Tribute paid to ‘funny and wise’ artist and poet Steve Lobb

Steve performed at Landing Place afternoons at Turner Contemporary

By Dan Thompson

Artist Steve Lobb, who also performed poetry as Emile Sercombe, has died in Ramsgate.

Born in Ilford, Essex in 1936, Steve was the oldest of four brothers. With the outbreak of the Second World War, the family moved to Surrey. After grammar school, he went to Guildford School of Art and then to the Royal Academy Schools. He became an art teacher at Ravensbourne College of Art, and in 1964 married his first wife, artist Carol Kenna. They had two children.

At Alexandra Palace, and for Summer Show (4) at the Serpentine Gallery in 1972, Steve and Carol made environmental structures of vinyls and fabrics. But after she visited the USA in 1974, and saw murals in New York and Chicago, Carol decided to bring the practice to the UK.

The pair formed the Greenwich Mural Workshop together, and pioneered large-scale and gable-end murals in a series of paintings across London. Together, they wrote the Mural Handbook which was published by Artists’ Newsletter (now known as a-n) in 1985. Their work is also recorded in the film Morgan’s Wall, held by the BFI.

In 2019 Steve published For Walls With Tongues, a history of the London mural movement which is seen as the definitive book on the subject. It was accompanied by an exhibition at the University of Greenwich.

The couple also ran the Greenwich Poster Workshop, and one of Steve’s designs for that group is held in the V&A’s collections.

As well as painting murals and making posters, Steve started to appear under the name Emile Secombe as a performance poet.

He met his second wife Berni Cunnane in 1980 performing with Worthless Words, a group of eight poets including comedian Mark Steel, who performed at various venues in South London including Battersea Arts Centre and Croydon Warehouse Theatre.

Emile also appeared with the fledgling Apples and Snakes from their second event in 1982. They have continued to promote poetry, and become one of the most important poetry organisations in the UK.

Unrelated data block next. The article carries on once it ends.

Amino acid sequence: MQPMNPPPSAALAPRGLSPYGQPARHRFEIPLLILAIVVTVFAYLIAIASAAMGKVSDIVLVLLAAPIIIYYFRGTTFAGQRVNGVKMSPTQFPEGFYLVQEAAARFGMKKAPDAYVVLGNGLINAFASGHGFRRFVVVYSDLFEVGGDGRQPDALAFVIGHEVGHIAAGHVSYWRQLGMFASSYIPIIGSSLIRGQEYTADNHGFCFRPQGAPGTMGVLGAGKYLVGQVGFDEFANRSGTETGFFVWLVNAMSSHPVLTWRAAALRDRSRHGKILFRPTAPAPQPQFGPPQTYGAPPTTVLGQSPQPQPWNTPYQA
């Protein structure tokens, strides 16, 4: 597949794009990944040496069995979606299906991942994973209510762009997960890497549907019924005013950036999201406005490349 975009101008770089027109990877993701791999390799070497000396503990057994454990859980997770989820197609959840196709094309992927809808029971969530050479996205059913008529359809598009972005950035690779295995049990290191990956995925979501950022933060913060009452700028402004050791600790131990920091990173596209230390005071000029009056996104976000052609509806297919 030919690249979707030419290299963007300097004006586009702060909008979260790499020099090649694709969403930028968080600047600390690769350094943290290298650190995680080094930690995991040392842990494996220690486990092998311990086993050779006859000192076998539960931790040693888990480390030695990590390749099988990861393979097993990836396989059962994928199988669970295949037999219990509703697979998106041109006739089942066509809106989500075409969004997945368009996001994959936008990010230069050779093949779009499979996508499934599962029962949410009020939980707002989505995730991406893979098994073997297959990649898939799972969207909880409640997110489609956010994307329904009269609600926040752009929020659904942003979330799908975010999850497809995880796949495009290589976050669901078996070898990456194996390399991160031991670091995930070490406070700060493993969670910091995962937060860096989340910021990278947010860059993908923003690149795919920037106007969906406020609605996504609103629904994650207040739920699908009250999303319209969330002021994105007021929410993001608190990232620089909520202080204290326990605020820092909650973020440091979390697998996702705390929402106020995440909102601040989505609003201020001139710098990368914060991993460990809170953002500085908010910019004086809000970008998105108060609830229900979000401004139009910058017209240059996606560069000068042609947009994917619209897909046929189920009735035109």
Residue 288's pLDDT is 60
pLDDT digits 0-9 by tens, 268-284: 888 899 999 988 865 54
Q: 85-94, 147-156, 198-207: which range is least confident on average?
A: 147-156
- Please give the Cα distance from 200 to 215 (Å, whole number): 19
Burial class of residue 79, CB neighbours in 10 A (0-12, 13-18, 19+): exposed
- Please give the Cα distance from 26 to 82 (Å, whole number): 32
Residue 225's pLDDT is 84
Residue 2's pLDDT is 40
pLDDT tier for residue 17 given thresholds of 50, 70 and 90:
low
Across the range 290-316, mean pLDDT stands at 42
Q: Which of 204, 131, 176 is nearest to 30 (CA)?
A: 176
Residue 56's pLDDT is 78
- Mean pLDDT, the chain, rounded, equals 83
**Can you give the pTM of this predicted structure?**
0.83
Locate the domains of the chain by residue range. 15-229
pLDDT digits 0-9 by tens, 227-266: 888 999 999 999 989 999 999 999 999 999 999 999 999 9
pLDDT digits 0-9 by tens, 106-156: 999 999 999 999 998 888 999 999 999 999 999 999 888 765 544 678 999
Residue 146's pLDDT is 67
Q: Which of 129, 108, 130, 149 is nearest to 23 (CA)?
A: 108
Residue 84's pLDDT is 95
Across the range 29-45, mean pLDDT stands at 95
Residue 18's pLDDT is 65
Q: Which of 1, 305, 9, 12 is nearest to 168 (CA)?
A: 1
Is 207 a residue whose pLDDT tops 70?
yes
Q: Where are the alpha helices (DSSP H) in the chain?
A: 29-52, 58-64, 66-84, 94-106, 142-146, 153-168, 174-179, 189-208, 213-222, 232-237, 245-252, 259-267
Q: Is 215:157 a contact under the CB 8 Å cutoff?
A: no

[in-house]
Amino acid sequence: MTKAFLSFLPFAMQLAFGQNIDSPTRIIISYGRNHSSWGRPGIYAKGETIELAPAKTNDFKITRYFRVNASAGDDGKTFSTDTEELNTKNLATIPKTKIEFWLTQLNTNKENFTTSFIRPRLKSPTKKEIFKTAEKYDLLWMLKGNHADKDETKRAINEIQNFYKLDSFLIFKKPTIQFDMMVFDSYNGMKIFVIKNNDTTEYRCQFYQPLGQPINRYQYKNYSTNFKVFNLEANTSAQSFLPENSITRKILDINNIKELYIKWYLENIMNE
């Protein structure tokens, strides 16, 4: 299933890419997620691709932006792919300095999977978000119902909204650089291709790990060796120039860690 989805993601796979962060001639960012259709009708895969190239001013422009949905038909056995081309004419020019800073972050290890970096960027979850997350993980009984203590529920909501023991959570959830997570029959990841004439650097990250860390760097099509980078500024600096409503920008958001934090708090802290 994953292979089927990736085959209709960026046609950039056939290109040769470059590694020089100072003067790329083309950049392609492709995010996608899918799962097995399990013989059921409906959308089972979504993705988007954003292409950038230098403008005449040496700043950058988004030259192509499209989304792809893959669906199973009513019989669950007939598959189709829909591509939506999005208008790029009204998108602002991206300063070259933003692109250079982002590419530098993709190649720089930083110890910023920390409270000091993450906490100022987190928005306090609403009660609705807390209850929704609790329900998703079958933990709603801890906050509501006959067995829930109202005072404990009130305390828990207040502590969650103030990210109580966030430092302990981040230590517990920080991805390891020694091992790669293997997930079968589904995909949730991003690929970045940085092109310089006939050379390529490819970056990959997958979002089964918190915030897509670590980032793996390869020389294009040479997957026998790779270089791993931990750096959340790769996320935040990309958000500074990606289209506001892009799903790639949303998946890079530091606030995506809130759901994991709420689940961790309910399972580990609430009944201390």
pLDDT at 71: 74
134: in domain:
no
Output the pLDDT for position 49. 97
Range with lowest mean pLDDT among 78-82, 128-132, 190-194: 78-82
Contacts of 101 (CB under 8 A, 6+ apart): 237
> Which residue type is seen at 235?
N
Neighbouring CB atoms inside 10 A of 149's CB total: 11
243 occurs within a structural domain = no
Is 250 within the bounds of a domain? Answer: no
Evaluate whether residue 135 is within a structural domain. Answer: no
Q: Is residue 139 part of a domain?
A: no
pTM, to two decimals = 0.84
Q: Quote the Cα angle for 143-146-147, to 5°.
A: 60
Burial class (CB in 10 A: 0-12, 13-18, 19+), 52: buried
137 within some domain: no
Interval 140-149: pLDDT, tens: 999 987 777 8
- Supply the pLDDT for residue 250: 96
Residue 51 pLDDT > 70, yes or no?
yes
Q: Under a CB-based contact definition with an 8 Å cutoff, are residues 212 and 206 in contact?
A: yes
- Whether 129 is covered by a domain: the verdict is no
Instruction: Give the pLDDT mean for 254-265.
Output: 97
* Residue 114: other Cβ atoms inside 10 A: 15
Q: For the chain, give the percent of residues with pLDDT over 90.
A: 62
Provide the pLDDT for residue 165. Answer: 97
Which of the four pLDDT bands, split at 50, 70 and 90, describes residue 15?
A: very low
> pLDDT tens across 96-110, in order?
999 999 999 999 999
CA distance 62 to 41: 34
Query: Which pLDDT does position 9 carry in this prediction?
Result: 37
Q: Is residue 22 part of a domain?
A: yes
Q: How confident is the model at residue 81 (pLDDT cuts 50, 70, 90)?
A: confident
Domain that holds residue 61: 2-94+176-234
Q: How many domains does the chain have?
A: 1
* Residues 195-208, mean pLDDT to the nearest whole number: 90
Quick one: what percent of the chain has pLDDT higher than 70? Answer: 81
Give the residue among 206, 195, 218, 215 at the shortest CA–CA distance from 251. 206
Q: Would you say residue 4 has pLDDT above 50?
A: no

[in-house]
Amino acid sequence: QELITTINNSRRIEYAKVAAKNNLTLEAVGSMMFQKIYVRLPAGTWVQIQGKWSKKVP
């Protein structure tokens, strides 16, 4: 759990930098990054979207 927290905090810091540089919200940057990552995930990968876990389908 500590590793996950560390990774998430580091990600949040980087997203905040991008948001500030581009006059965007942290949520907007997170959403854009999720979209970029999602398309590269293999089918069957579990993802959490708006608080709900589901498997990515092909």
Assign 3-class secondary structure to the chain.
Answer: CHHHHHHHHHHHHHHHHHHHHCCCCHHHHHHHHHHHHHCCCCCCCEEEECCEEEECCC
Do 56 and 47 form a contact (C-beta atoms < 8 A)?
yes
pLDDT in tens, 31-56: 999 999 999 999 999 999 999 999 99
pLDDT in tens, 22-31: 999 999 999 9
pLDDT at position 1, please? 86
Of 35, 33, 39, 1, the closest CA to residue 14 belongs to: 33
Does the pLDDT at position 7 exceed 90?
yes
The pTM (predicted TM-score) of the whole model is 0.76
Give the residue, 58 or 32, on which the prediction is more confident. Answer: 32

Emile’s poetry performances were surreal, often using homemade props and elements of costume.

Emile was described as a ‘cornerstone of the early Apples and Snakes events’, and he appeared more than thirty times with poets and comedians including Benjamin Zephaniah, Brian Patten, Porky The Poet (aka Phil Jupitus), and Henry Normal, later to write Mrs Merton and The Royle Family and produce all of Steve Coogan’s shows.

Emile’s poems have been published in a number of collections and anthologies, by publishers including Apples and Snakes and CoolTan Arts.

Steve and Berni moved to Ramsgate in 2013, where in recent years both Emile and Steve’s careers had something of a revival and his work found new fans.

He regularly appeared at local poetry events, including the Landing Place afternoons at Turner Contemporary. In 2017, he was one of four poets who performed the poems of the early-20th century Dada group at that gallery’s exhibition of Dada paintings.

He co-organised regular poetry nights at Eats ‘n’ Beats in Ramsgate, and performed with poetry collective Dodo Modern Poets, run by Berni’s brother Patric Cunnane and PR Murry.

And from 2015 onwards, he exhibited his chaotic, colourful paintings a number of times at the Pie Factory Gallery in Margate’s Old Town.

Steve is survived by Berni, by his two sons and five grandchildren, and his death has been marked by tributes from dozens of the Isle of Thanet’s writers, poets, and artists.

Ellie Jones, director of Looping The Loop, said, “Emile was a beautiful, funny and wise man who always made me smile and my day brighter.”

Artist François Matarasso, who trained with the Greenwich Mural Workshop, said, “All my memories of him evoke kindness, humour and a lack of self importance with an unwavering commitment to art always.”


  1. An absolute pleasure to have met and known him. He will be sorely missed; a brilliant artist, wonderful poet and all-round good soul. Sending lots of love and condolences to his family.

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